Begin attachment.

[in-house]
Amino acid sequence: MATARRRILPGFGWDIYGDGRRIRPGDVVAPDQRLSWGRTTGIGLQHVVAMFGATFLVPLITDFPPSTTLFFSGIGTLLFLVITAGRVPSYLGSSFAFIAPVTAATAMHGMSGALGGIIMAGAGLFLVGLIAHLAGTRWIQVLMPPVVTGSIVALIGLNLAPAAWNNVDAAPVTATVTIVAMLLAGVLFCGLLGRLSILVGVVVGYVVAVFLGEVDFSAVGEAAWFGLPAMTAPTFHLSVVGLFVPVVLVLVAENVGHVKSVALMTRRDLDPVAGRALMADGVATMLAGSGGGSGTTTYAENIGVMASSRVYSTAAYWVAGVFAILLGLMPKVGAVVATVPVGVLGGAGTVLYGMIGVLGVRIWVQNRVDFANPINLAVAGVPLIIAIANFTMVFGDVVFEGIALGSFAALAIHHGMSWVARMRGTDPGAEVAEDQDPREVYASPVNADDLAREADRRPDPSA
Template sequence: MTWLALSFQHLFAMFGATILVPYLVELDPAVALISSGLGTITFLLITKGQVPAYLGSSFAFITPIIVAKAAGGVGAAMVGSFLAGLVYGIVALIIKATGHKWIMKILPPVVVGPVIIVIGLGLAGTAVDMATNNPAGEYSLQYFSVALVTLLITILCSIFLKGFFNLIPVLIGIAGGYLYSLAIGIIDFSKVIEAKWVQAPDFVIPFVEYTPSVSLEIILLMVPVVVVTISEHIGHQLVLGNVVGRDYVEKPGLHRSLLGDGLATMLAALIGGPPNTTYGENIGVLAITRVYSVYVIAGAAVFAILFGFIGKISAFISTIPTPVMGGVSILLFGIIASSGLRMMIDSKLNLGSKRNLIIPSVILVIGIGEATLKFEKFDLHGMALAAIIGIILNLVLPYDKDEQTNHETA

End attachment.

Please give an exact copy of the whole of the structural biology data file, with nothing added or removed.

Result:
[in-house]
Amino acid sequence: MATARRRILPGFGWDIYGDGRRIRPGDVVAPDQRLSWGRTTGIGLQHVVAMFGATFLVPLITDFPPSTTLFFSGIGTLLFLVITAGRVPSYLGSSFAFIAPVTAATAMHGMSGALGGIIMAGAGLFLVGLIAHLAGTRWIQVLMPPVVTGSIVALIGLNLAPAAWNNVDAAPVTATVTIVAMLLAGVLFCGLLGRLSILVGVVVGYVVAVFLGEVDFSAVGEAAWFGLPAMTAPTFHLSVVGLFVPVVLVLVAENVGHVKSVALMTRRDLDPVAGRALMADGVATMLAGSGGGSGTTTYAENIGVMASSRVYSTAAYWVAGVFAILLGLMPKVGAVVATVPVGVLGGAGTVLYGMIGVLGVRIWVQNRVDFANPINLAVAGVPLIIAIANFTMVFGDVVFEGIALGSFAALAIHHGMSWVARMRGTDPGAEVAEDQDPREVYASPVNADDLAREADRRPDPSA
Template sequence: MTWLALSFQHLFAMFGATILVPYLVELDPAVALISSGLGTITFLLITKGQVPAYLGSSFAFITPIIVAKAAGGVGAAMVGSFLAGLVYGIVALIIKATGHKWIMKILPPVVVGPVIIVIGLGLAGTAVDMATNNPAGEYSLQYFSVALVTLLITILCSIFLKGFFNLIPVLIGIAGGYLYSLAIGIIDFSKVIEAKWVQAPDFVIPFVEYTPSVSLEIILLMVPVVVVTISEHIGHQLVLGNVVGRDYVEKPGLHRSLLGDGLATMLAALIGGPPNTTYGENIGVLAITRVYSVYVIAGAAVFAILFGFIGKISAFISTIPTPVMGGVSILLFGIIASSGLRMMIDSKLNLGSKRNLIIPSVILVIGIGEATLKFEKFDLHGMALAAIIGIILNLVLPYDKDEQTNHETA